QCOS Spine Fellowship

Dr David Bartle reflects on his past 12 months as a Spinal fellow after completing a Clinical and Research Fellowship in Spinal Surgery with the team at QCOS Spine.


It was a real privilege to be the QCOS Spine fellow for 2014. As an advanced orthopaedic trainee from New Zealand I had been looking at various fellowship programs across the globe when the Brisbane based QCOS Spine program was recommended to me by a good friend and previous fellow. I was fortunate enough to be selected for the program so after completing my Part II surgical exams with the Royal Australasian College of Surgeons and completing a fellowship in Edinburgh, I commenced my year of spine training in Brisbane.

The fellowship has a strong clinical and surgical focus with learning opportunities based at the Wesley Hospital, Princess Alexandra Hospital and the new Lady Cilento Children’s Hospital. This exposure allowed me to gain experience across a number of settings and benefi t from my supervisor’s tuition across a broad range of clinical encounters.

Working with the team at QCOS Spine was a definite highlight of the year. They clearly realised the importance of understanding and applying the principles of spinal biomechanics, especially with complex deformity and trauma work. With each having a dedicated spine practice encompassing adult, paediatric, elective and trauma work I was able to gain a wide breadth and depth of experience which I am confi dent will set me in good stead for my future career back in New Zealand.


One of the many advantages of the QCOS Spine fellowship program was the pragmatic approach to learning. As an adult learner with clear learning objectives and motivated to hone practical skills this was something which I really valued.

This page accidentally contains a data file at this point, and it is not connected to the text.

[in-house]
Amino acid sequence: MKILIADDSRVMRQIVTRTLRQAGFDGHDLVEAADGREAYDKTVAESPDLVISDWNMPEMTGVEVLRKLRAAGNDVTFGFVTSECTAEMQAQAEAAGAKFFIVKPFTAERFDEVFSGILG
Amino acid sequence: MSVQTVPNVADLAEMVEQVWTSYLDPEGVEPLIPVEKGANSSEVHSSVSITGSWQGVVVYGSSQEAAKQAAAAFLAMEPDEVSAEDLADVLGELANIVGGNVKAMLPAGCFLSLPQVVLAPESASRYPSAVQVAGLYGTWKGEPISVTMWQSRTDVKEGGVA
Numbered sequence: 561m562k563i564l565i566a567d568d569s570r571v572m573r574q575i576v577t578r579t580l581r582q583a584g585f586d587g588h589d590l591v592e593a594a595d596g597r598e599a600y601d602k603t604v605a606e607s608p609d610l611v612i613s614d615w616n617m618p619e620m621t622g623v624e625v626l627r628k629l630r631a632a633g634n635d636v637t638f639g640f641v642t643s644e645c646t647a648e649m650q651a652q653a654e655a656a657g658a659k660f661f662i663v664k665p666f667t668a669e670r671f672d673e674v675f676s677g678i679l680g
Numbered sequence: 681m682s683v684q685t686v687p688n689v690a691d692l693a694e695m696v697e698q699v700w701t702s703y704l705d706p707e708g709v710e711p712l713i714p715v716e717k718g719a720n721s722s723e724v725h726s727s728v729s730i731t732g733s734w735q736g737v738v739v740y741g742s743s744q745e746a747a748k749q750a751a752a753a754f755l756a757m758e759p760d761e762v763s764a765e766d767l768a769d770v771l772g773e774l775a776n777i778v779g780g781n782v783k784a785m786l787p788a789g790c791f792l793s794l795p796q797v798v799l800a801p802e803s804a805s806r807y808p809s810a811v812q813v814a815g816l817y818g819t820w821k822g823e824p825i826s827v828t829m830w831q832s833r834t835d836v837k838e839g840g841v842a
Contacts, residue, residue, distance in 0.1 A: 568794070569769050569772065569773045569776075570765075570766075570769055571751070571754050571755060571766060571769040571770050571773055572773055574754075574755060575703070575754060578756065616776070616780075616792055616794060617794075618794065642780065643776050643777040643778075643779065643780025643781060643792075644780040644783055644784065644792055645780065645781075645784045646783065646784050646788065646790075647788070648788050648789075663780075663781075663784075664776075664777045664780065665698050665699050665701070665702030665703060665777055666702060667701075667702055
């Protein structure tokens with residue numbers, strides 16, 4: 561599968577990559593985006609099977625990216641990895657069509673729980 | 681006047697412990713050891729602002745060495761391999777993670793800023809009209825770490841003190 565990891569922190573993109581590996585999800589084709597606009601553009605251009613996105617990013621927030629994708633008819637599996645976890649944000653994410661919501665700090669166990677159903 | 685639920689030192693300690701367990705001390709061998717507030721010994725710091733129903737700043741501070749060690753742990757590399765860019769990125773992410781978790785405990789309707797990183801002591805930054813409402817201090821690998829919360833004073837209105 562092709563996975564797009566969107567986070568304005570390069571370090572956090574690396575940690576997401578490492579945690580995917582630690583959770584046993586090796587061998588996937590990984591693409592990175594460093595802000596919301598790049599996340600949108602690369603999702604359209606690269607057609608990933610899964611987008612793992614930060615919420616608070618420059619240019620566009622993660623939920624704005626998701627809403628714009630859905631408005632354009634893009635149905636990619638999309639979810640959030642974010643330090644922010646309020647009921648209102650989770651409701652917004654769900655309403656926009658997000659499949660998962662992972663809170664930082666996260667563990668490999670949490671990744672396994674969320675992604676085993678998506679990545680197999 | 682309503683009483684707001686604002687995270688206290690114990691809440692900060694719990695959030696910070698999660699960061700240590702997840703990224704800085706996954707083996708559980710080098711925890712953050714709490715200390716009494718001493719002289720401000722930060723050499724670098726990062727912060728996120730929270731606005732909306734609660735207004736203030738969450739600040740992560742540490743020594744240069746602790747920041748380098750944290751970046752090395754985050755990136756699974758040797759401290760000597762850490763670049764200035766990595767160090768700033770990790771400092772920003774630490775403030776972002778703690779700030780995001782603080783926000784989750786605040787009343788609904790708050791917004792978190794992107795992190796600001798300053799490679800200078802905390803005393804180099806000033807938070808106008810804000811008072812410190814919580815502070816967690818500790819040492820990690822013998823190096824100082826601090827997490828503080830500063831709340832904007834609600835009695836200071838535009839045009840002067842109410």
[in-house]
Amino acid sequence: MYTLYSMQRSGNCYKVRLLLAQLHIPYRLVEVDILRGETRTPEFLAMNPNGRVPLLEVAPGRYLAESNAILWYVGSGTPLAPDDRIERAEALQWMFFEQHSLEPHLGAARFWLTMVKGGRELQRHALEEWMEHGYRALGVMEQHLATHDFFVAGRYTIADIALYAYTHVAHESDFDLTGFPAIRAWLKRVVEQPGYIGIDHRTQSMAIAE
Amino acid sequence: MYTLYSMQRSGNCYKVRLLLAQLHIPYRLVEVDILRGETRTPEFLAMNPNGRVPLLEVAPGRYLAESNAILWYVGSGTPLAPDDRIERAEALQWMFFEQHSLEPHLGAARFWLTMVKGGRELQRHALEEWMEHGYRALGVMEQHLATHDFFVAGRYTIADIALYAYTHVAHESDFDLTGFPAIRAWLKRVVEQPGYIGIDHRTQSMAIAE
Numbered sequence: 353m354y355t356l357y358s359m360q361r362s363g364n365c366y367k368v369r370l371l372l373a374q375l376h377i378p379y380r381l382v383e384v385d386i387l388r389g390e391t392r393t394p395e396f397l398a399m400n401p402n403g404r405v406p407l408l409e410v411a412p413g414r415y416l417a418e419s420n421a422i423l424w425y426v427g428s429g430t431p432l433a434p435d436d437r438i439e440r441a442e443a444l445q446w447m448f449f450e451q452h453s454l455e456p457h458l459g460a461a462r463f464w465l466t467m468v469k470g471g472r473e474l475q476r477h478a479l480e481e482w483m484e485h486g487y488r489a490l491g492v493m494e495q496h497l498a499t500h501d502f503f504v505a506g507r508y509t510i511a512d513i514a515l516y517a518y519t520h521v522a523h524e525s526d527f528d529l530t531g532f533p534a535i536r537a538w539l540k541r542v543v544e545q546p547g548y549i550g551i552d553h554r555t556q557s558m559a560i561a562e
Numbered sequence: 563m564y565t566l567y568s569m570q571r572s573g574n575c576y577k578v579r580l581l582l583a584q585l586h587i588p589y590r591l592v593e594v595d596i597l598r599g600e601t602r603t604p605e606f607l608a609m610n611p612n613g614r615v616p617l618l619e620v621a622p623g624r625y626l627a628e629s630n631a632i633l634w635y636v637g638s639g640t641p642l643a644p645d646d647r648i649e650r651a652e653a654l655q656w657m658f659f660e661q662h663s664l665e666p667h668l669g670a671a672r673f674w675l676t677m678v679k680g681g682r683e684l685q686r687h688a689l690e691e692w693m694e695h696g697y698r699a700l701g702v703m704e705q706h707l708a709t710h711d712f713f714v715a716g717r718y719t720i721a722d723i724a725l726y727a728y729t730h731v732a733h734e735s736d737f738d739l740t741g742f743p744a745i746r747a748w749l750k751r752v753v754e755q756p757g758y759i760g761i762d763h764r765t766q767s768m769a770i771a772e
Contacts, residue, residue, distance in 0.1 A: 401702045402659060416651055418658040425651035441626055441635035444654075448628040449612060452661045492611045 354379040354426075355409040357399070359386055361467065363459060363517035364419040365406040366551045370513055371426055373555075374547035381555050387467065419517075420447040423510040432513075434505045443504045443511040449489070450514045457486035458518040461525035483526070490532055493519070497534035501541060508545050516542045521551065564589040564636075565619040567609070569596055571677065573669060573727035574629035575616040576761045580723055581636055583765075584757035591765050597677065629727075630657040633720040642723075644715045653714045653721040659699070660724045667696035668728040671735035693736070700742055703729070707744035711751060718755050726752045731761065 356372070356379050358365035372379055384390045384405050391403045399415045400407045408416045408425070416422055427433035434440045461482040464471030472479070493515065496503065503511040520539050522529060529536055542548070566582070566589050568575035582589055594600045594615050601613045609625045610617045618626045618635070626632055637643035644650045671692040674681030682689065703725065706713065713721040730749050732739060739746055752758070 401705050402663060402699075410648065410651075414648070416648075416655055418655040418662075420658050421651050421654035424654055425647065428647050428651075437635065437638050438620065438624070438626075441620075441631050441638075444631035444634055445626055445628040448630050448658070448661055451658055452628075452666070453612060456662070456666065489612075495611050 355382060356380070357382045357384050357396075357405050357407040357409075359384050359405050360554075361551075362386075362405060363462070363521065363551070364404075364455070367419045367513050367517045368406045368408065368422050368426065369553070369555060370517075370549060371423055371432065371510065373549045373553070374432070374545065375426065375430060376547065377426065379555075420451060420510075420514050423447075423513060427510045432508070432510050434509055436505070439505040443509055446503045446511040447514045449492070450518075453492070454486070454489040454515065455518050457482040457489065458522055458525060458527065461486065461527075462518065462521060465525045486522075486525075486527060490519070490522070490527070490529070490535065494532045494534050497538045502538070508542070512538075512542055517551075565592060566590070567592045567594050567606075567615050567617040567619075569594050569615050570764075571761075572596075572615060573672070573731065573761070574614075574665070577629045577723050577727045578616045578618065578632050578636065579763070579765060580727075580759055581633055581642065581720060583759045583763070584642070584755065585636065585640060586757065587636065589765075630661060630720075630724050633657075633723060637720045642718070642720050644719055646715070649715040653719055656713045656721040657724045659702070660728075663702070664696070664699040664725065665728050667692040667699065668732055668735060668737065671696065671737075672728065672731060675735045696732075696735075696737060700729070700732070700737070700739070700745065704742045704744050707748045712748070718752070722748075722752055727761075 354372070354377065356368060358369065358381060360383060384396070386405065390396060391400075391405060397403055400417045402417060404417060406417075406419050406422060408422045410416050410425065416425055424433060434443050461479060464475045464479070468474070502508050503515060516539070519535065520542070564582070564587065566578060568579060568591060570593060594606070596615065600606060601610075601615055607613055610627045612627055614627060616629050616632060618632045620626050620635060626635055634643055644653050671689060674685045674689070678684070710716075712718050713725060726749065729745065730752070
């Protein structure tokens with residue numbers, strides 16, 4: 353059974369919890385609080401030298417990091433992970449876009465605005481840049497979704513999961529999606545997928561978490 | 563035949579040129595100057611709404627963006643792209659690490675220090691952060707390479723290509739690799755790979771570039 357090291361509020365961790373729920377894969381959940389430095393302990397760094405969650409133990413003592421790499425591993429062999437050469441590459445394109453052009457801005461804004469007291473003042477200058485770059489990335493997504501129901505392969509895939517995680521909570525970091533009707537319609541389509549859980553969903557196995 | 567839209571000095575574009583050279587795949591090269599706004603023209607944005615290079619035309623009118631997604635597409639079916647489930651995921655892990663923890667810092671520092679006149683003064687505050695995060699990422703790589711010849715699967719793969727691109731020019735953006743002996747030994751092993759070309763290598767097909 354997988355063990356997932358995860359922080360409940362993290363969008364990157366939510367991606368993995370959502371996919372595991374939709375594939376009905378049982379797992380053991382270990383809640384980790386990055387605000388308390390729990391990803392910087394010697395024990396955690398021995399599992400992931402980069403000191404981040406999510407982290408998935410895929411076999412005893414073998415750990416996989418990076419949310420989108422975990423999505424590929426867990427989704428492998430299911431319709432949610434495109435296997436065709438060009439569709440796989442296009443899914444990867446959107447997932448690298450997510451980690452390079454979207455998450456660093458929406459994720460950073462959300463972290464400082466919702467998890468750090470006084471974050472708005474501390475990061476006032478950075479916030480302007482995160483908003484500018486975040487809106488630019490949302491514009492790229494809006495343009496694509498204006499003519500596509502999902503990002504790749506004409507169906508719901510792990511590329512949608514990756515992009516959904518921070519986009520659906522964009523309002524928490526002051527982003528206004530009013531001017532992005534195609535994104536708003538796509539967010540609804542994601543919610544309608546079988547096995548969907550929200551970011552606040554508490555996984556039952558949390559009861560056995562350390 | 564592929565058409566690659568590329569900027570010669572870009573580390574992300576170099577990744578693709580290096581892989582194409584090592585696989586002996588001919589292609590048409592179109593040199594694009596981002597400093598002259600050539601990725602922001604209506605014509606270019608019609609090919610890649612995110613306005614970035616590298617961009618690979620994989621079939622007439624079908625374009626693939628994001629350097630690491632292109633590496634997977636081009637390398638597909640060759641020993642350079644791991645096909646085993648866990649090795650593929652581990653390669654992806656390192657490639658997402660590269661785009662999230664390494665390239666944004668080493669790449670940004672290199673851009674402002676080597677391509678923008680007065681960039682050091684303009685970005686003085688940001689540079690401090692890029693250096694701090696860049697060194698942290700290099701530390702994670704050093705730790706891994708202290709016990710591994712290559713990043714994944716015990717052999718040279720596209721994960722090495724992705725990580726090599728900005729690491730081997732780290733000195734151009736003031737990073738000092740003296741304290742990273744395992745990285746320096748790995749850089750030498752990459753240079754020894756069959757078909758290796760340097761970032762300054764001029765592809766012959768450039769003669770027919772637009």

The fellowship structure and QCOS Spine team allowed for flexibility so that I could make the most of the varied learning opportunities.

This was particularly important when often faced with the responsibility of managing complex spine trauma seen through the Princess Alexandra Hospital.

I was very appreciative of the QCOS Spine team accommodating my commencing a Masters in Surgical Education. During the year I was able to complete a third of the program which allowed me to not only be a better teacher but also I believe to be a better student, something which is particularly important in a specialty which continues to evolve and is likely to develop dramatically over my professional career.

My family and I are thoroughly appreciative of the hospitality shown to us over the year. We were fortunate enough to give birth to our second son while in Brisbane and will be forever grateful for the care shown to us by the medical teams and the generous nature of many newly formed friends. We remember our fellowship year in Australia very fondly and 2014 will stand out as being a particularly formative year in my career.